This talk will explore running your company like an open source project and give some insight into how GitHub continues to leverage ruby and other open source tools to keep up with massive data loads and a growing community of users.
Many of us are familiar with the old adage about writing code "for people to read, and only incidentally for machines to execute" (thanks, Abelson and Sussman) - but it's easier said than done. The fields of object-oriented design, patterns, and software architecture are vast, but primarily concerned with the mechanical structure of code - what if we took a step back from the nuts and bolts of the code and look at the way we as humans read and write it? Can we use our understanding of the psychology of human cognition to better understand our target audience, and in turn write code that is more intuitive, readable, and maintainable? This talk will walk through some of the basics of cognitive psychology and relate them back to concrete ways that we as developers can optimize our code for high performance in the interpreter between our ears.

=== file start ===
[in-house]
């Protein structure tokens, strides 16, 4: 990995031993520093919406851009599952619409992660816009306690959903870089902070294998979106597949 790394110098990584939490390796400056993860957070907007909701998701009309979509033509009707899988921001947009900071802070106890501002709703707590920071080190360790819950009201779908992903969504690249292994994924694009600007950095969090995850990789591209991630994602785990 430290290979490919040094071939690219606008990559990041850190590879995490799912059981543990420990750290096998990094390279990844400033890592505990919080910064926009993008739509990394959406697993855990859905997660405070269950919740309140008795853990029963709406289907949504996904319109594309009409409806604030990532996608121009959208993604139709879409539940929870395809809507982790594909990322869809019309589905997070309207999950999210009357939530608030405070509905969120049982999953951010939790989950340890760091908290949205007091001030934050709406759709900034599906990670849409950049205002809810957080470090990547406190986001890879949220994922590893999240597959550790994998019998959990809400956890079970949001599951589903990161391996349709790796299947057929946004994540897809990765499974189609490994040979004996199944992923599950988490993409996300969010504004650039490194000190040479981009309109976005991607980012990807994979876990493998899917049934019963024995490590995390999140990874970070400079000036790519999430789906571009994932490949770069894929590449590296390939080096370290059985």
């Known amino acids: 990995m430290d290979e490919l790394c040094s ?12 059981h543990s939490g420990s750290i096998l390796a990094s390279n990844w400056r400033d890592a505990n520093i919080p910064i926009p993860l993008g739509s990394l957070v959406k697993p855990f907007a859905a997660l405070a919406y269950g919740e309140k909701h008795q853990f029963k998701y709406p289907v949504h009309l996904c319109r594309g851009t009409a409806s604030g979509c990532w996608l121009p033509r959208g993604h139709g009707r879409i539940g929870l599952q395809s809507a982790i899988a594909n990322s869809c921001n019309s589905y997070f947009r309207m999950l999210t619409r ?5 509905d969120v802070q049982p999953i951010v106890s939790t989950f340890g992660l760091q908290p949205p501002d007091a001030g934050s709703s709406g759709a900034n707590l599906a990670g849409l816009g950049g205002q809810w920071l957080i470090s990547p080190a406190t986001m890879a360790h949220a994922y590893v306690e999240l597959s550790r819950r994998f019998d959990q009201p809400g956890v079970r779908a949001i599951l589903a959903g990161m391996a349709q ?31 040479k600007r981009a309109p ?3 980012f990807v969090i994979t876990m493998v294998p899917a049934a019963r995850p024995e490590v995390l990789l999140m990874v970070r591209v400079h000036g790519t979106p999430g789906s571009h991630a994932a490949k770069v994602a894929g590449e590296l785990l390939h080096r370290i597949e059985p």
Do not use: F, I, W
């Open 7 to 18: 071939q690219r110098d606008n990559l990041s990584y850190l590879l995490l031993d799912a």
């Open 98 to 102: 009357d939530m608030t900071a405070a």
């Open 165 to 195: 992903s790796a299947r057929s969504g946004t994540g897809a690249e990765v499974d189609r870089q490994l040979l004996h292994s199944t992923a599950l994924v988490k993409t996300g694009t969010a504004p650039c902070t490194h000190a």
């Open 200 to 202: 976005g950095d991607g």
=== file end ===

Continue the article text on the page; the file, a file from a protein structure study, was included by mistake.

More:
Learn how to go inside out vs. outside in so you can tap into your intuition to make strong decisions and come up with innovative solutions. It might just help you invent the next big thing rather than being the next Groupon clone.
At least since node.js everyone knows that real time HTTP responses are the next big thing. The secrets of handling incoming requests asynchronously with Ruby is not yet far spread among Rubyists, as the internals needed for such responses are neither specified nor documented and there is a lack of tools. Still, it is possible to use Server-Sent Events, WebSockets and akin with Rack today. This talk will demonstrate the underlying technologies and how to use them in your Ruby application.